Qatar still looks good on the consumer side and could challenge the UAE, specifically Dubai, as the region's most premiumised consumer sector over the next few years. Thanks largely to a very strong energy sector, Qatar is extremely wealthy on a per capita GDP basis as the chart illustrates . There is already plenty of luxury - goods retail space in and around the capital Doha that caters easily to the engrained disposition among cons umers towards expensive brands.
Politically, our Middle East team believes the biggest beneficiaries of the Arab Spring have been the politically stable hydrocarbon-rich states in the Gulf. In particular, it is apparent that Qatar and the UAE have benefited from investors' fundamental reappraisal of risk perceptions of the Middle East and North Africa as they remain the only two countries in the region that have yet to experience any anti-government protests, thereby becoming 'safe havens' in a volatile region.
|Modest Population The Main Drawback|
|Qatar GDP Per Capita (US$) And Population (mn) - Historic & Forecast - 2007-2017|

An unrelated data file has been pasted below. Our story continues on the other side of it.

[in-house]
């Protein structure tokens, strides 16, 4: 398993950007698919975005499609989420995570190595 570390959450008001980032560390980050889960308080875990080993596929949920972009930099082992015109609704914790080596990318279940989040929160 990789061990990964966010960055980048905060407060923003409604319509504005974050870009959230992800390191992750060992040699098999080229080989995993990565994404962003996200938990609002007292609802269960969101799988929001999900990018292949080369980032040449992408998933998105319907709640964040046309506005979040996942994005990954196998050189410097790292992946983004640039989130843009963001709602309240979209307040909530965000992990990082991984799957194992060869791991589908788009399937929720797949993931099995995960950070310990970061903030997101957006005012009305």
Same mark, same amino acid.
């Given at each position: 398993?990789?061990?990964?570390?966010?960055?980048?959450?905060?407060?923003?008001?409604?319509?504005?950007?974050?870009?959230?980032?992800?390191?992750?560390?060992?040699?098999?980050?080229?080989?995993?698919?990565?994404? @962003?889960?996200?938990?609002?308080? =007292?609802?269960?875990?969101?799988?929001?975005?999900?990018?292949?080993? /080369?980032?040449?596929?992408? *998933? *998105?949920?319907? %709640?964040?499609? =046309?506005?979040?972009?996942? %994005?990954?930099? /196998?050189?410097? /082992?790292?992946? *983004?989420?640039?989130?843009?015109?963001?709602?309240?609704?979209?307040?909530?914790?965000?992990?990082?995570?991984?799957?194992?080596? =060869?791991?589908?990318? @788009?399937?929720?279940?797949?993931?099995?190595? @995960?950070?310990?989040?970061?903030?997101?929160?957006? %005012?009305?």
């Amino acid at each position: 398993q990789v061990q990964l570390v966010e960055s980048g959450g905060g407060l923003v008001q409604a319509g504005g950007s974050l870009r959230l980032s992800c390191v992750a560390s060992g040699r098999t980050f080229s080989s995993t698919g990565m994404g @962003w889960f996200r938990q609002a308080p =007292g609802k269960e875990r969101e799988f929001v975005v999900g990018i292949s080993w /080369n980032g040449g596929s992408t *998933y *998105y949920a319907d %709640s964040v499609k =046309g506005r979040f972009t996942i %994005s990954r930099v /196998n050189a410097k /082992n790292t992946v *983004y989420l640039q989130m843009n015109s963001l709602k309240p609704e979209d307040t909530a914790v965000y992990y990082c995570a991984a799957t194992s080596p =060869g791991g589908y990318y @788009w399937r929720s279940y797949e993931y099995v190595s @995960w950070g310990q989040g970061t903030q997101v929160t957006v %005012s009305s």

Qatar's biggest weakness is the size of its population at about 1.7mn. Nevertheless, given how much money people spend, high-margin, ultra-luxury goods investors can still find opportunities. It is important to note that given Qatar's explosive growth trajectory over the past decade, the consumer sector is arguably in continual catch-up mode, despite plenty of consumer-targeting investment being poured in. This discrepancy should narrow over the next few years.
Expats Are Key
As in the UAE, Qatar has a wealthy expatriate population that is importing Western tastes and preferences, which continues to create opportunities on the consumer side. Developing tastes and preferences, combined with high income, will continue to provide an ideal platform for luxury retailers to enter and increase their store presence. A lot of spending is also expected in anticipation of the football World Cup in Qatar in 2022.